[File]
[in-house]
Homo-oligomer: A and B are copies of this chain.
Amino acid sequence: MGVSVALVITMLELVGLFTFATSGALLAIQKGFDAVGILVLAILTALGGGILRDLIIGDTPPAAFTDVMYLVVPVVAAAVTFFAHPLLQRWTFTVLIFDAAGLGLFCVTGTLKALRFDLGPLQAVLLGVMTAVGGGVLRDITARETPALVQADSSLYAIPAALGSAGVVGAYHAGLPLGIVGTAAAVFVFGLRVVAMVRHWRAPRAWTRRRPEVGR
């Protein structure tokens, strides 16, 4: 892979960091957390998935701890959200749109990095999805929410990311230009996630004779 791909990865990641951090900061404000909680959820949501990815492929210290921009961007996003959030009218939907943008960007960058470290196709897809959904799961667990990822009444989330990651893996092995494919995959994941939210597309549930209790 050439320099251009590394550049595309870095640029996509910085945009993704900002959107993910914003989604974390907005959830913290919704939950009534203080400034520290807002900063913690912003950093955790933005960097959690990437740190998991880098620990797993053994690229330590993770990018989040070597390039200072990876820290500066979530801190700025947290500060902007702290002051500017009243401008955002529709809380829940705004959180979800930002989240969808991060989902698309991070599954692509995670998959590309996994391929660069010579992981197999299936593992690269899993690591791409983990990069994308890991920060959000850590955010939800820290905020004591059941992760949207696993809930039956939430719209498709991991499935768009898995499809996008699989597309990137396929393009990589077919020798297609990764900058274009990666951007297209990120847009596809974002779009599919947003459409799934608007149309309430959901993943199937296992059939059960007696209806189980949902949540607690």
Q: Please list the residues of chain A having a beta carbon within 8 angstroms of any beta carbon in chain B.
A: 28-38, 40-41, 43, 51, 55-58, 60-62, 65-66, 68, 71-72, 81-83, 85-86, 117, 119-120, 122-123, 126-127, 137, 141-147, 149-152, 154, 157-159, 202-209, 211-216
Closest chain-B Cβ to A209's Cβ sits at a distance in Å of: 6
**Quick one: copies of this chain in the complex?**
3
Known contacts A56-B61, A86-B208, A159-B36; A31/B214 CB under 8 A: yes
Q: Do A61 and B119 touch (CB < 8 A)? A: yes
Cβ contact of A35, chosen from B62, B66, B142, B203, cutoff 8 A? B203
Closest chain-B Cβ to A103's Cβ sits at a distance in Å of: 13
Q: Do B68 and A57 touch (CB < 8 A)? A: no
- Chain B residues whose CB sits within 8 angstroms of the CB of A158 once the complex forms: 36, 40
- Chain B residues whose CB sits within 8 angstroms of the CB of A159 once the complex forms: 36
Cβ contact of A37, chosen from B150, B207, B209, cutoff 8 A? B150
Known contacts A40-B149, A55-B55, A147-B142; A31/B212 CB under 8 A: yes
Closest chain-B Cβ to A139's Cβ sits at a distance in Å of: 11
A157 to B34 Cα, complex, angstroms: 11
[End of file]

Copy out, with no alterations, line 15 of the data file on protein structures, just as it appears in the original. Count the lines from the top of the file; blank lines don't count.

- Chain B residues whose CB sits within 8 angstroms of the CB of A158 once the complex forms: 36, 40